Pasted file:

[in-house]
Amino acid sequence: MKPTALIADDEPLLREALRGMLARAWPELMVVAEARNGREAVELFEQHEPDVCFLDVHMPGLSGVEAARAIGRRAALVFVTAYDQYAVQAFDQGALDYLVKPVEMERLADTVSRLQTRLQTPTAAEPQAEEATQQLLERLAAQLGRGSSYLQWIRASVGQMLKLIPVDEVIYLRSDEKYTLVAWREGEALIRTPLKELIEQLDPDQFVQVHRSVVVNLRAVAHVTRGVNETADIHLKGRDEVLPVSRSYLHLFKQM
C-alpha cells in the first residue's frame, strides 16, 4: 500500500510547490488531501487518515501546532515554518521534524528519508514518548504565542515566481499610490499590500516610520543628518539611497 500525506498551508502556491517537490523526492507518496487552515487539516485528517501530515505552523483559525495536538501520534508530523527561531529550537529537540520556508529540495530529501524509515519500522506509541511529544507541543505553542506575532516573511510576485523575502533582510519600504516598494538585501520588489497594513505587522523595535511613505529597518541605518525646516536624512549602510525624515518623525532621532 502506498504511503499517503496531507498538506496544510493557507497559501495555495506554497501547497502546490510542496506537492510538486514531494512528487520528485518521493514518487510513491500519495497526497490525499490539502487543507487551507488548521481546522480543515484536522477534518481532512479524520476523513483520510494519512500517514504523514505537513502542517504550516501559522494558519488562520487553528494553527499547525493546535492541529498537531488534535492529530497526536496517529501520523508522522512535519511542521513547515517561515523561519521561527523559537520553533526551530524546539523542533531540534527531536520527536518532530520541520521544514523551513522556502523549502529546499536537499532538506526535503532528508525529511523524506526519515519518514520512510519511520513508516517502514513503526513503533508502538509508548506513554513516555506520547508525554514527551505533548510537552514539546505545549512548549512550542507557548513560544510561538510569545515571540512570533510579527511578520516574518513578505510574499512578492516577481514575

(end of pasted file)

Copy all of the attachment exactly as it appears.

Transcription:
[in-house]
Amino acid sequence: MKPTALIADDEPLLREALRGMLARAWPELMVVAEARNGREAVELFEQHEPDVCFLDVHMPGLSGVEAARAIGRRAALVFVTAYDQYAVQAFDQGALDYLVKPVEMERLADTVSRLQTRLQTPTAAEPQAEEATQQLLERLAAQLGRGSSYLQWIRASVGQMLKLIPVDEVIYLRSDEKYTLVAWREGEALIRTPLKELIEQLDPDQFVQVHRSVVVNLRAVAHVTRGVNETADIHLKGRDEVLPVSRSYLHLFKQM
C-alpha cells in the first residue's frame, strides 16, 4: 500500500510547490488531501487518515501546532515554518521534524528519508514518548504565542515566481499610490499590500516610520543628518539611497 500525506498551508502556491517537490523526492507518496487552515487539516485528517501530515505552523483559525495536538501520534508530523527561531529550537529537540520556508529540495530529501524509515519500522506509541511529544507541543505553542506575532516573511510576485523575502533582510519600504516598494538585501520588489497594513505587522523595535511613505529597518541605518525646516536624512549602510525624515518623525532621532 502506498504511503499517503496531507498538506496544510493557507497559501495555495506554497501547497502546490510542496506537492510538486514531494512528487520528485518521493514518487510513491500519495497526497490525499490539502487543507487551507488548521481546522480543515484536522477534518481532512479524520476523513483520510494519512500517514504523514505537513502542517504550516501559522494558519488562520487553528494553527499547525493546535492541529498537531488534535492529530497526536496517529501520523508522522512535519511542521513547515517561515523561519521561527523559537520553533526551530524546539523542533531540534527531536520527536518532530520541520521544514523551513522556502523549502529546499536537499532538506526535503532528508525529511523524506526519515519518514520512510519511520513508516517502514513503526513503533508502538509508548506513554513516555506520547508525554514527551505533548510537552514539546505545549512548549512550542507557548513560544510561538510569545515571540512570533510579527511578520516574518513578505510574499512578492516577481514575